Chicago Common Brick

Have you ever noticed that in Chicago, no matter how interesting and high-quality the brick on a historic facade is, the brick that’s on the secondary elevations is kind of, well, not so interesting and high-quality?   What you’re seeing is a, Chicago-specific brick type. DYSV could go on and on about proper mortar, pointing, reasons for color variation, etc., but we’re not.  We’re gong to keep this one short and sweet – just a brief dispatch on what Chicago common brick is and how it came to be.

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Painted Historic Woodwork: Naughty or Nice?

Its light, its bright, but is it all right?

It’s light, it’s bright, but is it all right?

A hot trend in home design and decor these days is clean, light interiors.  And while a bright, airy interior is certainly achievable in a historic house, our un-remodeled old homes, especially those dating from the 1870s to 1910s, can sometimes be murky and oppressive. Continue reading

Be a Pal to Your Porch.

Porches on porches in this post.

Porches on porches in this post.

One of the most characteristic features a house can boast is an architecturally interesting front porch.  Much as the eyes are the window to the soul, the porch is the window to the house.  Well, that’s a bad metaphor, since the porch is the porch to the house and the windows are the windows to the house, but you get it.  The historic quality of your porch deeply affects the perceived historic quality of the rest of the property.  Removing or enclosing a historic porch can irretrievably alter a house’s visual character.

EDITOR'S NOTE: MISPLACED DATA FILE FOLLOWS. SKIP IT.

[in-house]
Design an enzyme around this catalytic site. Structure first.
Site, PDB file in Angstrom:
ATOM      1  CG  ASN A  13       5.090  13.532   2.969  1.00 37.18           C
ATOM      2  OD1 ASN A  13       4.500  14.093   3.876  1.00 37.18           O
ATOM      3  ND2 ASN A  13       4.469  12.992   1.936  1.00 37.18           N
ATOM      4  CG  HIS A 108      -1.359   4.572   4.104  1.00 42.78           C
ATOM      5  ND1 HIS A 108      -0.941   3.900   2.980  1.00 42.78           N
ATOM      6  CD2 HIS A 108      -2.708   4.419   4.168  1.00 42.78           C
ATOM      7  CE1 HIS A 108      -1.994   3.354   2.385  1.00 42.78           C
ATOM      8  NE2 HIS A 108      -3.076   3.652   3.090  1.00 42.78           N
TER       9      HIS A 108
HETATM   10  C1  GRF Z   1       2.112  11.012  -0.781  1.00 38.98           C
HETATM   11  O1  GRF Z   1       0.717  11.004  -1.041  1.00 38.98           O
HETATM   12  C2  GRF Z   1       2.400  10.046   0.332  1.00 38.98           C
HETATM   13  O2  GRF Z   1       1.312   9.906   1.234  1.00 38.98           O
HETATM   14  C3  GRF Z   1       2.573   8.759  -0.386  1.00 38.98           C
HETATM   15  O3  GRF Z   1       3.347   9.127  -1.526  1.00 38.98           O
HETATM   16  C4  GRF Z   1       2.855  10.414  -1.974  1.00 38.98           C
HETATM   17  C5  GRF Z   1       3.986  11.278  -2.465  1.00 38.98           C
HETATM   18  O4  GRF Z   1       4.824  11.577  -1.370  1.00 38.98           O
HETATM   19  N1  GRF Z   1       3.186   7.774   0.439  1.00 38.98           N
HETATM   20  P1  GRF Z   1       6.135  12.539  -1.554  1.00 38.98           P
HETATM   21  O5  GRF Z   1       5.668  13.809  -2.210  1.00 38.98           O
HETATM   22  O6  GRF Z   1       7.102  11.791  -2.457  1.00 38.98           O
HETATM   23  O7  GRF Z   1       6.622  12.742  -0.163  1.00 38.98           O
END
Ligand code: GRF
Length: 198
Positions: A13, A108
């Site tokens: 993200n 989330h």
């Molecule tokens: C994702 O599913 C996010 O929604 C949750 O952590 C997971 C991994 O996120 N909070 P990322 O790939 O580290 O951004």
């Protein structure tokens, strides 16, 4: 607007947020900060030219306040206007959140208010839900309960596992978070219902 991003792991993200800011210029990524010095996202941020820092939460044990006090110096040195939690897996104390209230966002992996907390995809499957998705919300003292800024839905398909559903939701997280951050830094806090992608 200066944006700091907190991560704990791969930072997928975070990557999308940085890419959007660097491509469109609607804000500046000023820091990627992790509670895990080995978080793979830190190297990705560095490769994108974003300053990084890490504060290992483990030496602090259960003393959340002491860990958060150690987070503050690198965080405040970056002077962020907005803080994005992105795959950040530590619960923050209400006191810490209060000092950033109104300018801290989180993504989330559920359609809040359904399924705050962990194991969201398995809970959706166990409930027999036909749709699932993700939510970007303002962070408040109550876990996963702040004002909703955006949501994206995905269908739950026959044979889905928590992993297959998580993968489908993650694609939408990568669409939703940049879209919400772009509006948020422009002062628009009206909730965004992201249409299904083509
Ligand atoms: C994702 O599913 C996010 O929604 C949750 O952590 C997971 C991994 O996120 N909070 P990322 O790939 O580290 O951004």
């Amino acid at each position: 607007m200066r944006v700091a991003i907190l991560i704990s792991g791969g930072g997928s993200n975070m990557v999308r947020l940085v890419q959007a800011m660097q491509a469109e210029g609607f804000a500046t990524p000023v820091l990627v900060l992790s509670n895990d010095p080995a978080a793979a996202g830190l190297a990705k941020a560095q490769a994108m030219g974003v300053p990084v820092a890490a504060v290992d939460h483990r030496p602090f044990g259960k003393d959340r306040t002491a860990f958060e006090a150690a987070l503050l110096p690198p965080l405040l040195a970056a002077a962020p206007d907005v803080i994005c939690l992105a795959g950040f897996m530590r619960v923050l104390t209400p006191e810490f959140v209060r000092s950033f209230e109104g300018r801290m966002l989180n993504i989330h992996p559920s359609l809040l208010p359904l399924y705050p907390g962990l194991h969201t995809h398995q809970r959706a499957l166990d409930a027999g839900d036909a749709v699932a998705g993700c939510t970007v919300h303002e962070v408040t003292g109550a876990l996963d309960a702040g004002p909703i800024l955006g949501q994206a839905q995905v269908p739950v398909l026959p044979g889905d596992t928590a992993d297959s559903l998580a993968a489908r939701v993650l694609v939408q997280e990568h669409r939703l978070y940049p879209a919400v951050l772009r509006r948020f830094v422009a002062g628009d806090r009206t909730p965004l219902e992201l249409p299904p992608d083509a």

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Million Dollar District: How Landmark Designation Pays

Property rights enthusiasts often argue their opposition to preservation ordinances through the lens of “highest and best use.”  The concept of highest and best use provides that any given parcel of land should be used in a reasonable, legal, and financially feasible way to yield the highest value for that land.  Think of it this way: this principle is essentially why skyscrapers are a thing.  You can use the land over and over and over again, collecting rent each time.  And tell me, readers, what’s a better use than making cold, hard cash? For  economy of column space, we’ll keep zoning out of the discussion because that’s a big discussion.  Just know that you can only build skyscrapers where you are allowed to build skyscrapers. Enough on that for  now.

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A Diamond in the Roof: Common Roof Types.

As we’ve noted before, houses come in infinite styles, plans, and configurations.  It can be hard to keep track of the different types of housing stock out there.  The American domestic architectural gods have given us one reprieve, though: generally speaking, there are just a few major roof types found on a wide range of house styles across the country.  Lucky us.

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Hey, nice glass!

Earlier this week we looked at a commonly misused term in architectural parlance: “Victorian.”   I’d posit that “stained glass” is one that gets tossed around incorrectly just as often.  It is extremely unlikely that you have true stained glass in your home (unfortunately!).  Truth is, in the U.S., actual, honest-to-goodness stained glass is a rare bird, especially in an area like Chicago, which was largely developed in the mid-to-late nineteenth century.

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